Ideally, you should setup a split test for testing different variations of your button or link. However, to begin with you can tweak your call to action so as to make it most prominent element on the page. A person standing 15 feet away from the screen should be able to recognize your call to action.
2) Simplify your conversion funnel:
The conversion funnel is a set of pages (like the checkout process or registration form) that leads to your conversion goal (like a product purchase or subscription). Most web analytics tools (including some free ones) can be configured to allow you to visualize where your visitors are leaking from your conversion funnel. You may be surprised to know that most visitors abandon step 2 of your conversion funnel because you are asking for their personal details when they are not motivated enough by step 1 to warrant that. A complicated conversion funnel needs to be simplified in order to push the traffic through to the final conversion page. A few tweaks to simplify your funnel thereby increase your conversion rate:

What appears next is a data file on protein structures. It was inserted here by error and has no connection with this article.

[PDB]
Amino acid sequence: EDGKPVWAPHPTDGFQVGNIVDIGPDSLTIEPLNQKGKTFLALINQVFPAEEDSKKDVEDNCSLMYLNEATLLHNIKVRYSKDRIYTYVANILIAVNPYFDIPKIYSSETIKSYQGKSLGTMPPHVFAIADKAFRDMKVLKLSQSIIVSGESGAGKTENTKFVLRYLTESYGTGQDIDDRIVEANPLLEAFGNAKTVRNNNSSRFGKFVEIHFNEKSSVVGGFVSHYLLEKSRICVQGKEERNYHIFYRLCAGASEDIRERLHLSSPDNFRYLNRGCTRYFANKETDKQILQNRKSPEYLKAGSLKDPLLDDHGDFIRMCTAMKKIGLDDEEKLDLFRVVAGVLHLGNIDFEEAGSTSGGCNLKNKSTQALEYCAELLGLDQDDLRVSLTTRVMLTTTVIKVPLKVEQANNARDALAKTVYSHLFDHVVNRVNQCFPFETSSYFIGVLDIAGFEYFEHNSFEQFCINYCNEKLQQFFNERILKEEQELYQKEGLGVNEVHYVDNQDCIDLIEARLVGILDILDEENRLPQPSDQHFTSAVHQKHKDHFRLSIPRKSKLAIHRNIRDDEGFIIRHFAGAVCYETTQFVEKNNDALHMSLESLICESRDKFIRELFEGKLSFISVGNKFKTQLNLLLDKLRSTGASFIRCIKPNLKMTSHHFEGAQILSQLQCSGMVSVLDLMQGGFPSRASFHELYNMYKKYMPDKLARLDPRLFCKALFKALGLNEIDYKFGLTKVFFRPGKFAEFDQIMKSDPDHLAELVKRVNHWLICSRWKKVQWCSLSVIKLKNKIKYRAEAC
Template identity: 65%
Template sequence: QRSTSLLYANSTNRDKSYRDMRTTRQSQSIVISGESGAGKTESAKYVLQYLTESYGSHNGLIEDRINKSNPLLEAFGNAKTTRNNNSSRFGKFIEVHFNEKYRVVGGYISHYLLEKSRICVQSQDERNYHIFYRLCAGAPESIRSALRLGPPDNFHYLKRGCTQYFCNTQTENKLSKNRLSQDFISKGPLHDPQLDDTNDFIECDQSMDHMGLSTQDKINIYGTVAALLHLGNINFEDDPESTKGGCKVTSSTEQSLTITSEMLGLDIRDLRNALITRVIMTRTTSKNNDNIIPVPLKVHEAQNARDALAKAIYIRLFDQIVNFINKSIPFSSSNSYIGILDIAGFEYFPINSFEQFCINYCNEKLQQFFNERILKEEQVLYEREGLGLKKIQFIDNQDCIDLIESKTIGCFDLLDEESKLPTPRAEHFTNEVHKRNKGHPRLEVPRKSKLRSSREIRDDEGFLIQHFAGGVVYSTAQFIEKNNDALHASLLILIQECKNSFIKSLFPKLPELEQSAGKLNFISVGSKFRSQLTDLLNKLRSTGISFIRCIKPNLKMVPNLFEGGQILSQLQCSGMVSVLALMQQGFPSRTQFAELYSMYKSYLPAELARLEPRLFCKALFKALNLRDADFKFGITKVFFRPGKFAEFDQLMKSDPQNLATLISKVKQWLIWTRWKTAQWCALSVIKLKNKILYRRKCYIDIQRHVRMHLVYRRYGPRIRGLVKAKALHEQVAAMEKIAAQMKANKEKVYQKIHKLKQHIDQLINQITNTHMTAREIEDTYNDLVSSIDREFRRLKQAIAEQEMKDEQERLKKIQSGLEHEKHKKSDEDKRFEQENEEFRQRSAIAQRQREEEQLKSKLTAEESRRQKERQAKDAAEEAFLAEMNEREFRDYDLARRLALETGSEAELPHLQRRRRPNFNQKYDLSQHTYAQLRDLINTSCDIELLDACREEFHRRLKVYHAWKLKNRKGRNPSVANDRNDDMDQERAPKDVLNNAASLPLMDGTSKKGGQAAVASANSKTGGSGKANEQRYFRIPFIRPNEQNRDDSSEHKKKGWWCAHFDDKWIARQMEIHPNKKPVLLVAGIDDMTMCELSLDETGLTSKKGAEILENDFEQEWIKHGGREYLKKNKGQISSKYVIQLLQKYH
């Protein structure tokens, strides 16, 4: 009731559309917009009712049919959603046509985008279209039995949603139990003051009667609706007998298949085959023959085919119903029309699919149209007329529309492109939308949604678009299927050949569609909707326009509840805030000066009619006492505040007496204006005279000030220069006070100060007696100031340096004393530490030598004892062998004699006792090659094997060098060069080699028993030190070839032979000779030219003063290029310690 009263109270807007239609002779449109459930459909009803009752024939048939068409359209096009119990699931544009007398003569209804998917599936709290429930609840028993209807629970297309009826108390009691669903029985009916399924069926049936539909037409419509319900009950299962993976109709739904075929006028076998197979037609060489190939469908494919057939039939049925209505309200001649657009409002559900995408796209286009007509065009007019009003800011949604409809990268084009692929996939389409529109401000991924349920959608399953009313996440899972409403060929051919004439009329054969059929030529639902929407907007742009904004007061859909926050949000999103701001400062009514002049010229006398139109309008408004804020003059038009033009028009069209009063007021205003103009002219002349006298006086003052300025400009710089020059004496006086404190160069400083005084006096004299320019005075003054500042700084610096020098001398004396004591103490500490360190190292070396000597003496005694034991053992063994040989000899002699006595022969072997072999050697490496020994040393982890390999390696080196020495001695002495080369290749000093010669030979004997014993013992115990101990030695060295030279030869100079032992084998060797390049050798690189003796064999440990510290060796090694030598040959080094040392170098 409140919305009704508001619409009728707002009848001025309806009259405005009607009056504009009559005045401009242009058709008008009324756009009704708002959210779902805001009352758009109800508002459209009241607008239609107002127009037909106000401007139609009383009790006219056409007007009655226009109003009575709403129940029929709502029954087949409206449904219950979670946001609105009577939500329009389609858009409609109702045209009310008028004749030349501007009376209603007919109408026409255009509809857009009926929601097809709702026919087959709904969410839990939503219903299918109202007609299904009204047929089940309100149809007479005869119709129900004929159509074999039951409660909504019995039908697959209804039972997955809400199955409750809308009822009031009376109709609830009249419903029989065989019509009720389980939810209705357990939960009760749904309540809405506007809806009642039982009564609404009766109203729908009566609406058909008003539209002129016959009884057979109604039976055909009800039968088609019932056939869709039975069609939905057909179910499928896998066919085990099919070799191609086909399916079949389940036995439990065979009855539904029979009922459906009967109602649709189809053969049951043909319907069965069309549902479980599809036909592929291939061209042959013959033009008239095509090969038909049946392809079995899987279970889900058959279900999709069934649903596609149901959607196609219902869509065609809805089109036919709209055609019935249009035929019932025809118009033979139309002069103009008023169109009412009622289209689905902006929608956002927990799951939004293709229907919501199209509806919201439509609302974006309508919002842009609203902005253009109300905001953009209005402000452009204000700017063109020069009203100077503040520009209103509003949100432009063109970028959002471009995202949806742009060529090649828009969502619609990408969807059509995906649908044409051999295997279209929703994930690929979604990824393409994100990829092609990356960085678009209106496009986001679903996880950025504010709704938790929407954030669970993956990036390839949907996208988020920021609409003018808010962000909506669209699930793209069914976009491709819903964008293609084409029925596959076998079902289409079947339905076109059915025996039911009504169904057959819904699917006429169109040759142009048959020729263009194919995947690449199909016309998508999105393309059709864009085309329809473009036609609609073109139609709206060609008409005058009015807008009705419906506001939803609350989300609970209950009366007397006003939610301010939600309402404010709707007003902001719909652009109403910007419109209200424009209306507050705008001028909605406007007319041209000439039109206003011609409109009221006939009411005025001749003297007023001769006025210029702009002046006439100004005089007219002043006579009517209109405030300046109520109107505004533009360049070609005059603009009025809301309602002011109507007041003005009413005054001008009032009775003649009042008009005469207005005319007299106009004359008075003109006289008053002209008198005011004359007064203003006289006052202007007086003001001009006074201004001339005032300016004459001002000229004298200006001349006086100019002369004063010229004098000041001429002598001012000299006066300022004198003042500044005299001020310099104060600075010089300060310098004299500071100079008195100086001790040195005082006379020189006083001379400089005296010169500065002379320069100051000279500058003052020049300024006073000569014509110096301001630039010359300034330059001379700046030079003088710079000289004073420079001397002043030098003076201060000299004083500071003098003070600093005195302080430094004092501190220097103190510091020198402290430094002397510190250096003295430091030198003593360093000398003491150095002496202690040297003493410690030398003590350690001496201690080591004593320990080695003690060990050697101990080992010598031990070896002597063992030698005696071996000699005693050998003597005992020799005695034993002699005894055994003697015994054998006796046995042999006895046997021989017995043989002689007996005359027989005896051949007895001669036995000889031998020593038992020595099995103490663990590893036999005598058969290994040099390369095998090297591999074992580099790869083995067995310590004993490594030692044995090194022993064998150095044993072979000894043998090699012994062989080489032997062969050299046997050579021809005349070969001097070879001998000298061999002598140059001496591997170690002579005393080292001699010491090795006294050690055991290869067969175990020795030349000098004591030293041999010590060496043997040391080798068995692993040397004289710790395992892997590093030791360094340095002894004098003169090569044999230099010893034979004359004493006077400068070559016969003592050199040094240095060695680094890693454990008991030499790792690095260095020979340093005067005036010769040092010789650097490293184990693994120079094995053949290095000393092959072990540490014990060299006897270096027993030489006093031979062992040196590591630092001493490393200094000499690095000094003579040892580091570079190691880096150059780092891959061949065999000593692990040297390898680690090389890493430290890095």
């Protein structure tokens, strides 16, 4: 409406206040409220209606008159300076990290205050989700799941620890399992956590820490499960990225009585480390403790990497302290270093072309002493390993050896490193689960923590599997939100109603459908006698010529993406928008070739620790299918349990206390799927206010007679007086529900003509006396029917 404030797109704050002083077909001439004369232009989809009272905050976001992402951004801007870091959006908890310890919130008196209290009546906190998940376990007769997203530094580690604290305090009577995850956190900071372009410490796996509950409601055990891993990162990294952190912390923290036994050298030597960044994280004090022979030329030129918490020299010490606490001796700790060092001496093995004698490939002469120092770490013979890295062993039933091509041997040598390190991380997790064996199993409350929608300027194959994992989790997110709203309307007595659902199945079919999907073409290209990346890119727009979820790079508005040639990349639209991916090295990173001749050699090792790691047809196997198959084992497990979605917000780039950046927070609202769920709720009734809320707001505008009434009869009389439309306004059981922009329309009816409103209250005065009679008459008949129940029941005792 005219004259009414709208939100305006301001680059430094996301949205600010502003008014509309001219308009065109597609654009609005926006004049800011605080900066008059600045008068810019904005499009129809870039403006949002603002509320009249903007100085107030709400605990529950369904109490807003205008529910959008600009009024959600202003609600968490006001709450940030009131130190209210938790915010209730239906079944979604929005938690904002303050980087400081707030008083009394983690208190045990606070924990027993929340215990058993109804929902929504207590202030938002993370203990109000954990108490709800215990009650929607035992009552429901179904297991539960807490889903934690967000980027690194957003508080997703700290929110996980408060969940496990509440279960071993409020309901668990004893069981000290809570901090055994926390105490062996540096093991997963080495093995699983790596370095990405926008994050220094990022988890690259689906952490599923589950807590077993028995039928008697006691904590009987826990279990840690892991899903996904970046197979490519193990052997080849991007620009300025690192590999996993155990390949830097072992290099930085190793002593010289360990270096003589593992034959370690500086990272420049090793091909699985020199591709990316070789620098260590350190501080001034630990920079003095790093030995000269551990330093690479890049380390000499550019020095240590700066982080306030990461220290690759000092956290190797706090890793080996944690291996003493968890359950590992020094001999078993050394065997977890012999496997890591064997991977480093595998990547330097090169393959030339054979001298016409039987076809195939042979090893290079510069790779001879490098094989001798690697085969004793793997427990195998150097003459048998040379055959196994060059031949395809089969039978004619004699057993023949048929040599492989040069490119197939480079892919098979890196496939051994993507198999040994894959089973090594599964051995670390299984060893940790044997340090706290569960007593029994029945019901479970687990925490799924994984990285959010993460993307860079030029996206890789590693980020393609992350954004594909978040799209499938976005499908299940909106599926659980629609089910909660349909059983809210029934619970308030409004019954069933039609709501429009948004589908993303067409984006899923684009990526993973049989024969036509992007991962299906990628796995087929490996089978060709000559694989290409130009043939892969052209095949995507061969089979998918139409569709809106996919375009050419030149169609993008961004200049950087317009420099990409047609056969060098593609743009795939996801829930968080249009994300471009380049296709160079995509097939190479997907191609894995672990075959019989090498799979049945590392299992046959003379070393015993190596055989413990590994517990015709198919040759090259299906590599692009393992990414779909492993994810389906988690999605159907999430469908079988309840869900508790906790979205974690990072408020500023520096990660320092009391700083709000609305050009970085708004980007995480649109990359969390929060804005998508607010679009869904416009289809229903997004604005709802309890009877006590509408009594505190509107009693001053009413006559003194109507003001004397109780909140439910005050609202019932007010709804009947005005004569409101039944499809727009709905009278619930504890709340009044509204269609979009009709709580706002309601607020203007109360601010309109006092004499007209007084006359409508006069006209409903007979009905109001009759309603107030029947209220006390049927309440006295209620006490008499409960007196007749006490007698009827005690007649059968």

3) Don’t let your visitors doubt your business trustworthiness
No matter how persuasive your call to action is or how simple your website is, if you do not give the impression of trustworthiness to your visitors or give them confidence in your website, you are not very likely to improve your website’s conversion rate. Your visitors need to know that you are not fly-by-night operation and you are here to remain. There are different methods which you can apply on the website pages to increase visitors’ confidence in your website and products. These include:
Those were simple yet extremely effective tips which many businesses fail to consider. Many a times, the conversion rate is sub-optimal and business owners aren’t even aware of that. They are too happy with their single percentage point conversion rates. But now that you know there are tons of tweaks that you can do which will directly impact your website sales and revenues, you should better get started now!